Yeah, that leads nicely to the next question I had for you is love to hear all about the innovation in farmland.
Sure. There've been interesting articles in The Wall Street Journal or the Financial Times about vertical farming just because land is so precious. The US has some of the best farmland in the entire world, but there's a lot of locations where it might make sense to go vertical with farming, maybe in the northeast of the United States where we're seeing some investment in those types of innovative techniques in farming. There's more risk in vertical farming and potentially more return as well. So it just depends.
The beauty of farmland investing is you have to have a deep understanding of the region and the land that you're investing in. And even just from two neighboring farms, the analysis that's done by sophisticated farmland investors to help assess what crop is best planted on this farm in this square footage to maximize profit and return. So you have to have really sophisticated tools to understand what's going to grow best in different microclimates and on different farms. And that's what some of the modern growing techniques that we're seeing, we're seeing a lot of application of technology in just that. We all understand the importance of having access to sufficient water supply and knowing where the water source is going to be for a new plot of land and making sure that it's secure for the life of the investment.
So there's a lot of work done even prior to buying a piece of farmland. And then there's also the ongoing investments in irrigation, for example, which might allow a farm to grow a different crop that's more profitable that if it didn't have that technology investment in irrigation. So a lot of interesting innovation in farmland, which is really not only driving profit in return, but it's also making sure that the land is left better than when the farmers first started farming the property. So making investments that are really going to drive value for years to come because a sustainable farm is a farm that continues to operate efficiently, and so that's why some of these investments are necessary.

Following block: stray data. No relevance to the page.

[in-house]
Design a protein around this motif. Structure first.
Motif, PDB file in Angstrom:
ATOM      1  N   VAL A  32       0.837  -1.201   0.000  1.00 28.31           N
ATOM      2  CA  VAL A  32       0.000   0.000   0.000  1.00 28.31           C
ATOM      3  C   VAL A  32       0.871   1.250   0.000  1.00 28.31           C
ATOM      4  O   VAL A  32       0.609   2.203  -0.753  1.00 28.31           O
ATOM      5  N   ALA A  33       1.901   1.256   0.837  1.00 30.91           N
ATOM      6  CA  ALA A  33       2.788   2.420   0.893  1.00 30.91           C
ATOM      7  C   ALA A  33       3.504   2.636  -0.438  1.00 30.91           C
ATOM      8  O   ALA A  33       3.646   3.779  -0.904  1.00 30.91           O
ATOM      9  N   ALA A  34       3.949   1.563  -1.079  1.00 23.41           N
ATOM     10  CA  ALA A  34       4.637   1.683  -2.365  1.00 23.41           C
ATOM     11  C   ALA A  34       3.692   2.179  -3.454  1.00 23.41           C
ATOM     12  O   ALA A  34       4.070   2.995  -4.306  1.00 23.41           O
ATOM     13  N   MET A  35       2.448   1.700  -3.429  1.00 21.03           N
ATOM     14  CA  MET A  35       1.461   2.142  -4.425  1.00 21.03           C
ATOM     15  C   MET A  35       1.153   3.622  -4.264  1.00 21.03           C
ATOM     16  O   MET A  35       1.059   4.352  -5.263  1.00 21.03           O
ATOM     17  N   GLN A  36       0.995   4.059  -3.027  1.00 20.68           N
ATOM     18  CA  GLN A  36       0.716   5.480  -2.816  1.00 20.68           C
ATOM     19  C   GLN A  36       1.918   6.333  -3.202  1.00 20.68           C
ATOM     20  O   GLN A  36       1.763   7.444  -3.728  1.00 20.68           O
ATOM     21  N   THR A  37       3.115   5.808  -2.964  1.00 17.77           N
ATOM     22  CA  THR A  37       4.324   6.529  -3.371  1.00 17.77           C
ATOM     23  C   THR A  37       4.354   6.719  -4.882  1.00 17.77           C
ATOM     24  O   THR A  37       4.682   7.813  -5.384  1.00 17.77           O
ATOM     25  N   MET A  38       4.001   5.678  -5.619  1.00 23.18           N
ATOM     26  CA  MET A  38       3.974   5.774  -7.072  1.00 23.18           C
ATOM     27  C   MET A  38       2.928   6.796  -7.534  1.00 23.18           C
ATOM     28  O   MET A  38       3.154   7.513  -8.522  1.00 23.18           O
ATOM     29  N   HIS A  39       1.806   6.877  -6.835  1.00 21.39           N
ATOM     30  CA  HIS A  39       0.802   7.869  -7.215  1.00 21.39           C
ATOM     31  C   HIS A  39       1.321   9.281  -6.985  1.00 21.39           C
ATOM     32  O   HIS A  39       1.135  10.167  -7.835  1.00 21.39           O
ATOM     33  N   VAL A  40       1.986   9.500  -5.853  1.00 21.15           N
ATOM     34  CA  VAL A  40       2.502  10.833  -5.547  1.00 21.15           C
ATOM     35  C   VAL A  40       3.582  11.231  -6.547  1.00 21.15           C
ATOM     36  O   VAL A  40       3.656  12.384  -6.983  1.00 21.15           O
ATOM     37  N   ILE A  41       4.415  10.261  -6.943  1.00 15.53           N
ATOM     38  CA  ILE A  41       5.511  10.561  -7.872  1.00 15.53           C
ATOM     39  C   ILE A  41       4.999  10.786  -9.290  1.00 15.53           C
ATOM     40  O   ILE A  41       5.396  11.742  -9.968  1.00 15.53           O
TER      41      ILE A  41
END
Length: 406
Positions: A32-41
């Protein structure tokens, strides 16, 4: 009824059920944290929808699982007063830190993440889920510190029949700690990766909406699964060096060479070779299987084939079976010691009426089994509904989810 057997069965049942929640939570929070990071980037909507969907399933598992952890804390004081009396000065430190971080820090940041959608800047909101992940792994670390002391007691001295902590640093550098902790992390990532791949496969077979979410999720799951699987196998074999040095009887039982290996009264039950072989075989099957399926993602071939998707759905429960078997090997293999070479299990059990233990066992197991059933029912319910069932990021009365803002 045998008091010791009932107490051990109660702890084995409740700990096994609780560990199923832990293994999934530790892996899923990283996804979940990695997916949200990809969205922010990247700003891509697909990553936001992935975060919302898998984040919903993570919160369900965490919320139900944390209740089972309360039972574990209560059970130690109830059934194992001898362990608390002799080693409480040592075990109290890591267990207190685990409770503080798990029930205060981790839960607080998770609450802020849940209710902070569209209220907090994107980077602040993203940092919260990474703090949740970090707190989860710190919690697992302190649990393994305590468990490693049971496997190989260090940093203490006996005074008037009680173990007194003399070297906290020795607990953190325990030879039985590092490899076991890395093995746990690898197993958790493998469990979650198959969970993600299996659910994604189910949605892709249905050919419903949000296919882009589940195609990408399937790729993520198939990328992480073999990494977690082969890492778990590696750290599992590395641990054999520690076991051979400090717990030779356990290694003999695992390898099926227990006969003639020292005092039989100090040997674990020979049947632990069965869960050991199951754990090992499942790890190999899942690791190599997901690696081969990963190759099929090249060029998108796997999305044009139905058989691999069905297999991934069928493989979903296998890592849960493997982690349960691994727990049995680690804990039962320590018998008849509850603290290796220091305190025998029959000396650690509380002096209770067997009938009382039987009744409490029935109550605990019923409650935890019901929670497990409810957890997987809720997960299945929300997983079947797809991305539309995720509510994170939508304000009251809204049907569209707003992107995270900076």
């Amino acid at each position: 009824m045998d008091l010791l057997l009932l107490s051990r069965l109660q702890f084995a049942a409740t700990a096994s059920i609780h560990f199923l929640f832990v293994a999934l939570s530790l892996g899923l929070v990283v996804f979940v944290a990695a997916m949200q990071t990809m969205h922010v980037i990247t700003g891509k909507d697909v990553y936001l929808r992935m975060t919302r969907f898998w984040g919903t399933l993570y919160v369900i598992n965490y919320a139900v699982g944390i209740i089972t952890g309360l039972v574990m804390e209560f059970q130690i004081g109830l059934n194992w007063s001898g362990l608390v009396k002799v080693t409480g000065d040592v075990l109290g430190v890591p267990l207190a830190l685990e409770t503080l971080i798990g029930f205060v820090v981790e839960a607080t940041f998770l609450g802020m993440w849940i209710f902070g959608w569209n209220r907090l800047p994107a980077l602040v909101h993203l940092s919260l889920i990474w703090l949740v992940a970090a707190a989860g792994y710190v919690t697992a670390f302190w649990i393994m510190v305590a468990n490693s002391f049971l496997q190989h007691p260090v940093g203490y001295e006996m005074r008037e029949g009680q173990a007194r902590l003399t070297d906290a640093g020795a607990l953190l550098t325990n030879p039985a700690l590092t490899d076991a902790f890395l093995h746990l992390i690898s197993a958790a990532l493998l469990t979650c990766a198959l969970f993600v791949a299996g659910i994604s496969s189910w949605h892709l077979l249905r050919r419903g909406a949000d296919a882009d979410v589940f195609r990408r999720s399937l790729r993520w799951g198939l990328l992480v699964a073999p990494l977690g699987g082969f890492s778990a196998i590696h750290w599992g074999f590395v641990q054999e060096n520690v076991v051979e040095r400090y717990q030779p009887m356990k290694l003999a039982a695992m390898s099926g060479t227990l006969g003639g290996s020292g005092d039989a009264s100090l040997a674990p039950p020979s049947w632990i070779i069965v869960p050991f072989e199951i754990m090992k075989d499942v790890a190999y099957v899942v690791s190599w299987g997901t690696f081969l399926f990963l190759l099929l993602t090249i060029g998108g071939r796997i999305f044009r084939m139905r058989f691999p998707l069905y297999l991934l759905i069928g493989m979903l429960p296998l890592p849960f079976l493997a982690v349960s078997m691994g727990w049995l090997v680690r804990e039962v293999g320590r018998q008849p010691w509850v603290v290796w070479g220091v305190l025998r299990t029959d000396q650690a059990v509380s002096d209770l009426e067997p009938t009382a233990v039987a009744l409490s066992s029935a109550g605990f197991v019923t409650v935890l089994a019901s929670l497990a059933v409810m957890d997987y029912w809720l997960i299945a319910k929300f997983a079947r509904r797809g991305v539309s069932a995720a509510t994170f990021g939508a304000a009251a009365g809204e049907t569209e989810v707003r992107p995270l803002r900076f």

Kim, to shift gears a little bit, love to hear what types of investors are most interested in investing in farmland?
Well, with the advent of, there's now farmland REIT, there are private funds that allow access to farmland. There's also crowdsource funding platforms, FinTech platforms like AcreTrader or FarmTogether. So I think that in the last few years there are more entry points than there had been in the past. And we're also seeing developments in the interval fund space, real asset funds that have diversified investments in farmland.
And so there's a lot of points of entry. The institutional ownership of farmland is still percentage wise, relatively low if you compare it to commercial real estate. But if you read some of the headlines, there are some really interesting investments being made in farmland by Bill Gates and his foundation, by Warren Buffet and his family members. Some of the biggest investors in farmland in the US are also churches like the Mormon Church. With the advent of some of these new product types, the average individual investor now can do what these large institutions have been doing for a number of years. And so while insurance firms and large institutions have had the benefit of commercial real estate and farmland investing, it's just only been recently that this space has been opened up to a broader group of investors.
Kim, on the other hand, we haven't discussed the challenges of investing in farmland. Love to hear what people should be aware of or hurdles when it comes to investing in this asset class.